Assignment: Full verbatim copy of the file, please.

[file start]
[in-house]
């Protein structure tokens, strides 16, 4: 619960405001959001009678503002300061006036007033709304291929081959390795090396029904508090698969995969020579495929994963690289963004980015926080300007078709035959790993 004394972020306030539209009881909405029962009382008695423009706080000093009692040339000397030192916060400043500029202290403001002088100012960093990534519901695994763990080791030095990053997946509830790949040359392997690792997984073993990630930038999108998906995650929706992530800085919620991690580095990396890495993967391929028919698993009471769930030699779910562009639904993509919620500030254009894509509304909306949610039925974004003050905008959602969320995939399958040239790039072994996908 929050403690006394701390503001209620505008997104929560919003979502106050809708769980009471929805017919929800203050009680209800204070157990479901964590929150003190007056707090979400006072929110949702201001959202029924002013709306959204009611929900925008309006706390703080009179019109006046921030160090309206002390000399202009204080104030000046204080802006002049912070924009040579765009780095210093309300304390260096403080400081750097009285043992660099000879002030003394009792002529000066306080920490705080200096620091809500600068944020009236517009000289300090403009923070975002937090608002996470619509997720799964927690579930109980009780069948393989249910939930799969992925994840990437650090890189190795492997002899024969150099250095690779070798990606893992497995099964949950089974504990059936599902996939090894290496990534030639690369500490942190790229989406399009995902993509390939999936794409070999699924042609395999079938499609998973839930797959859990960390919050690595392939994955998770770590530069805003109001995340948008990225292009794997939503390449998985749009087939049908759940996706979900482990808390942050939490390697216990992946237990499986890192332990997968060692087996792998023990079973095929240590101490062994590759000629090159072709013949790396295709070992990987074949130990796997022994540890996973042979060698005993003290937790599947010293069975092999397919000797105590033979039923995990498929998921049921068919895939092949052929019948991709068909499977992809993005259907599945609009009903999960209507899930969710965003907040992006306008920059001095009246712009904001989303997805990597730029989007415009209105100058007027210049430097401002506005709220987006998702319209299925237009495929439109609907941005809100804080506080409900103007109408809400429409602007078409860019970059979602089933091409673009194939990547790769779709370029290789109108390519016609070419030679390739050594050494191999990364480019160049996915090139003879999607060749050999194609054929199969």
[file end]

[in-house]
């Protein structure tokens, strides 16, 4: 619960405001959001009678503002300061006036007033709304291929081959390795090396029904508090698969995969020579495929994963690289963004980015926080300007078709035959790993 004394972020306030539209009881909405029962009382008695423009706080000093009692040339000397030192916060400043500029202290403001002088100012960093990534519901695994763990080791030095990053997946509830790949040359392997690792997984073993990630930038999108998906995650929706992530800085919620991690580095990396890495993967391929028919698993009471769930030699779910562009639904993509919620500030254009894509509304909306949610039925974004003050905008959602969320995939399958040239790039072994996908 929050403690006394701390503001209620505008997104929560919003979502106050809708769980009471929805017919929800203050009680209800204070157990479901964590929150003190007056707090979400006072929110949702201001959202029924002013709306959204009611929900925008309006706390703080009179019109006046921030160090309206002390000399202009204080104030000046204080802006002049912070924009040579765009780095210093309300304390260096403080400081750097009285043992660099000879002030003394009792002529000066306080920490705080200096620091809500600068944020009236517009000289300090403009923070975002937090608002996470619509997720799964927690579930109980009780069948393989249910939930799969992925994840990437650090890189190795492997002899024969150099250095690779070798990606893992497995099964949950089974504990059936599902996939090894290496990534030639690369500490942190790229989406399009995902993509390939999936794409070999699924042609395999079938499609998973839930797959859990960390919050690595392939994955998770770590530069805003109001995340948008990225292009794997939503390449998985749009087939049908759940996706979900482990808390942050939490390697216990992946237990499986890192332990997968060692087996792998023990079973095929240590101490062994590759000629090159072709013949790396295709070992990987074949130990796997022994540890996973042979060698005993003290937790599947010293069975092999397919000797105590033979039923995990498929998921049921068919895939092949052929019948991709068909499977992809993005259907599945609009009903999960209507899930969710965003907040992006306008920059001095009246712009904001989303997805990597730029989007415009209105100058007027210049430097401002506005709220987006998702319209299925237009495929439109609907941005809100804080506080409900103007109408809400429409602007078409860019970059979602089933091409673009194939990547790769779709370029290789109108390519016609070419030679390739050594050494191999990364480019160049996915090139003879999607060749050999194609054929199969």